GORDON MACLEAN: The Dave Milligan Trio’s Shops is a good recent example of that. That was done entirely here over a week with the three musicians, and they created the music and performed the pieces in the shops along the harbour in Tobermory before the final concert.


KENNY MATHIESON: Was that your idea to have them work with the local shops?

GORDON MACLEAN: I have to admit that was my idea, yes, and I felt that they were the kind of guys who would respond to a slightly off-the-wall concept! And they did.

Aidan O’Rourke’s piece An Tobar was another one that was very focused on the island. That was commissioned for our 10th anniversary, and Aidan came over and spent a few days here, working in the studio that Martyn Bennett had used. We did a lot of travelling round the island with him just looking for inspiration, and it was performed and recorded here.

KENNY MATHIESON: And I recall the Burt-MacDonald project we covered in Northings back in 2005 was also very local?

GORDON MACLEAN: It was very focused here, and that was one that grew legs as it went on. Keith Tippett eventually got involved in that as well, and it just kept on growing. These kind of commissions can often have a very specific short span, but that one just kept going.

KENNY MATHIESON: Do you specify a local connection when you make those commissions?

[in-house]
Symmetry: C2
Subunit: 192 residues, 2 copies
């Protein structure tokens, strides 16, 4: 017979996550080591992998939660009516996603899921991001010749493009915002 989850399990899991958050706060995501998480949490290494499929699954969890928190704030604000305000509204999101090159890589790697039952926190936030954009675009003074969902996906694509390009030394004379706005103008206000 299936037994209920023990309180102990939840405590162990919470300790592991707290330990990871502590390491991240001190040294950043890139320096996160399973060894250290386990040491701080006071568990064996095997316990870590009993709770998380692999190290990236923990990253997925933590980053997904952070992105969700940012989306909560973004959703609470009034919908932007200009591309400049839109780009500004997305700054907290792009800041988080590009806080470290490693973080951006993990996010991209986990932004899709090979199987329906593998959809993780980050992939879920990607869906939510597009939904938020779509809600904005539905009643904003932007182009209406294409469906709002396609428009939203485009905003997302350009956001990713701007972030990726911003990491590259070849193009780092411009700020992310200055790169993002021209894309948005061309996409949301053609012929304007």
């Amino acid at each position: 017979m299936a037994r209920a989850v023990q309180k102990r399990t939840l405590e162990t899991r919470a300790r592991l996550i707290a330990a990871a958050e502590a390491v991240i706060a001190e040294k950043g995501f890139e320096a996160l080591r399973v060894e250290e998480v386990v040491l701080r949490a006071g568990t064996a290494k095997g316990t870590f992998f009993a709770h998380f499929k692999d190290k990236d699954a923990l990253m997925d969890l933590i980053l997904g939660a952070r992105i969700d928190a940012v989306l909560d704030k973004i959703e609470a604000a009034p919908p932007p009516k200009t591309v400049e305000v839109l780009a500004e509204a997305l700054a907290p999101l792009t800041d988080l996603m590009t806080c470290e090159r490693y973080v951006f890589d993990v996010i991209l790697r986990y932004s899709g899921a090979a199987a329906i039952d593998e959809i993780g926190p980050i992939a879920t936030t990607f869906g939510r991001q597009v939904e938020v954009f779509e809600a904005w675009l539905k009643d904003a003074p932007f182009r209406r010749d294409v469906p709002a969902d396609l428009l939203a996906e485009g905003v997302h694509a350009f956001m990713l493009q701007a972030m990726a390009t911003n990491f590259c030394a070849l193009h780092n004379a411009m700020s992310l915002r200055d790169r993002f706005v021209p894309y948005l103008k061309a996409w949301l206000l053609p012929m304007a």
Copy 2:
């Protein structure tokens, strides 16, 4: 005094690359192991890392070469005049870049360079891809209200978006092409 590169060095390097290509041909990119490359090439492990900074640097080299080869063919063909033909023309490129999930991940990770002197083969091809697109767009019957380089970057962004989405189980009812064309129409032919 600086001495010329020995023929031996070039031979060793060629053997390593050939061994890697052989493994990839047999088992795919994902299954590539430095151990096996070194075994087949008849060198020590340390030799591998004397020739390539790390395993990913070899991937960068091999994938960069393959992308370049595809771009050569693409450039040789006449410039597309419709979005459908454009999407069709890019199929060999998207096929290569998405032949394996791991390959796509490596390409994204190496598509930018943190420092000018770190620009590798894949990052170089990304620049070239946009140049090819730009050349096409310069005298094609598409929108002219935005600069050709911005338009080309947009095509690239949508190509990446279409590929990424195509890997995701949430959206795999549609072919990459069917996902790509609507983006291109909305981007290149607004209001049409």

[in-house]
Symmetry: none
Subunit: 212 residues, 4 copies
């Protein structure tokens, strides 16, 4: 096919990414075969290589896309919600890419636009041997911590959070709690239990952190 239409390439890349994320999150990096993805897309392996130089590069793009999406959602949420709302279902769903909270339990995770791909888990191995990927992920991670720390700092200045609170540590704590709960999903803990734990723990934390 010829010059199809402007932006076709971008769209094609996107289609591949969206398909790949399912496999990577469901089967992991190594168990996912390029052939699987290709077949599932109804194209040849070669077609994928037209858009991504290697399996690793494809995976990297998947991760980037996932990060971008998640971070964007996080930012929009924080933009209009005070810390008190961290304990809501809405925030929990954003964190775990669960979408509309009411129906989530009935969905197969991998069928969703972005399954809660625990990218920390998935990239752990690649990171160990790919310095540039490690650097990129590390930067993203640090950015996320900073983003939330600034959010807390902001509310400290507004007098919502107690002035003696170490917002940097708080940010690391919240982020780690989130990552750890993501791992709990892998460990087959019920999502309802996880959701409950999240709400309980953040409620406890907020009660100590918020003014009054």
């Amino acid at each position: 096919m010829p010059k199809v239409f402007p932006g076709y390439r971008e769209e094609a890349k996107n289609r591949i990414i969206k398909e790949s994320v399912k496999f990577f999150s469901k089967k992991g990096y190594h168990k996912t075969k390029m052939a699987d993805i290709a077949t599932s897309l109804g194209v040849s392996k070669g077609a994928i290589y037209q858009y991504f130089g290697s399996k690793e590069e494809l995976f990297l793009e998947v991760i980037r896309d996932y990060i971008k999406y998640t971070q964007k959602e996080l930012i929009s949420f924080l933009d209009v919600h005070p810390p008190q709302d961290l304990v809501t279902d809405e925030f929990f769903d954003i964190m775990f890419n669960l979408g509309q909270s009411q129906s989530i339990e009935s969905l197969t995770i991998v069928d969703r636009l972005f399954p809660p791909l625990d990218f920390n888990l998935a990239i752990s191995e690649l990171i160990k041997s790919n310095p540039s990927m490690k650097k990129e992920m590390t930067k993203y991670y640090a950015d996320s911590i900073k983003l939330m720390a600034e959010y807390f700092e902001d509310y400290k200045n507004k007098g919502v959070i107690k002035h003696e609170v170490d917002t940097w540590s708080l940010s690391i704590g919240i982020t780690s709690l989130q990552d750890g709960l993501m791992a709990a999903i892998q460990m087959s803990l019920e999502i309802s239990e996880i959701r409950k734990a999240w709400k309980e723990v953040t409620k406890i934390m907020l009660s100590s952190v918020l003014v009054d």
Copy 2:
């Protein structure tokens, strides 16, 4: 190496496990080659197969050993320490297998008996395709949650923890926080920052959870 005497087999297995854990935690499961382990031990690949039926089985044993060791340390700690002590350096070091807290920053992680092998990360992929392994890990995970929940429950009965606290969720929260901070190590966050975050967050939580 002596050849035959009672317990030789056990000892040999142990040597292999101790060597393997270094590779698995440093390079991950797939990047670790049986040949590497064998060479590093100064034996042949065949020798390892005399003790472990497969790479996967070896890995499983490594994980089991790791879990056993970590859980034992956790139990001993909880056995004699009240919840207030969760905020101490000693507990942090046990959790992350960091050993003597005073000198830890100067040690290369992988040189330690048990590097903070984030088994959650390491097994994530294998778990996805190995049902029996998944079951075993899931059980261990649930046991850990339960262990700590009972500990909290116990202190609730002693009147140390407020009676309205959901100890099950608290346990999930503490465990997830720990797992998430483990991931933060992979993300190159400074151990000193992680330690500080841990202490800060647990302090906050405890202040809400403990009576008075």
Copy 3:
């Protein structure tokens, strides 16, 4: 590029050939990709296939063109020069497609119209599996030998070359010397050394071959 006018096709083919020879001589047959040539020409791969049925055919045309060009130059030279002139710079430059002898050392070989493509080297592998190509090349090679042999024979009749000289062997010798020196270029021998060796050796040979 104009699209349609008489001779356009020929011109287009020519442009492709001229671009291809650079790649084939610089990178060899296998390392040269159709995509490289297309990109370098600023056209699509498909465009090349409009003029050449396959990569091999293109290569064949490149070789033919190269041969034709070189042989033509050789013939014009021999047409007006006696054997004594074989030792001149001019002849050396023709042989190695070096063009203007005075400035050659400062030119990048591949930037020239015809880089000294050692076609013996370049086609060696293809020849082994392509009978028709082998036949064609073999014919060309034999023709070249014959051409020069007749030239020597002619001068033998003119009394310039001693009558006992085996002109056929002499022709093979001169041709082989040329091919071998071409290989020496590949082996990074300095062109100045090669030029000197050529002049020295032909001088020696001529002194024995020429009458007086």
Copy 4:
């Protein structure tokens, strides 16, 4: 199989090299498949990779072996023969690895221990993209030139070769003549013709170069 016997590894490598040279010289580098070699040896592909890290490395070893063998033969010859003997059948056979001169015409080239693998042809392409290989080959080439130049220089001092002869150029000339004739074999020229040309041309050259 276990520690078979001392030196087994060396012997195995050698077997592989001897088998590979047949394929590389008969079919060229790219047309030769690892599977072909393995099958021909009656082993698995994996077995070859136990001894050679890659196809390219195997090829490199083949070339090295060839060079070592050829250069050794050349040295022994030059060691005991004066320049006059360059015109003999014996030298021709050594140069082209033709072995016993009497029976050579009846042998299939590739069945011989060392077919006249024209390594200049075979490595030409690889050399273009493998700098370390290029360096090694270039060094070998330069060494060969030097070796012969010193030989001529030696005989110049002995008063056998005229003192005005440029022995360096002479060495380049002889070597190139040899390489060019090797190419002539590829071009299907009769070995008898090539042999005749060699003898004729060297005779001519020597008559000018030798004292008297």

GORDON MACLEAN: We have always tried to build in some local connection In the work we have commissioned, yes, and I think the artists have generally responded very well to that. It is a two-way process – they are inspired by being here, and the people here are inspired by their presence.

KENNY MATHIESON: And the locals get involved?

GORDON MACLEAN: We have often tried to set it up so that they have a lot of interaction with the local community in various ways – Shops is an obvious example, and we did a piece with Corrina Hewat a few years ago that involved a local ladies choir. We did a piece with Ian Stephen a while back about Mull fishermen, and he was the perfect guy for that – he was going out on the boats with them and yarning round the table. It’s true on the visual arts side as well – our Tales from the Museum project was a good example of that.


Shrine: A collage by Michael Marra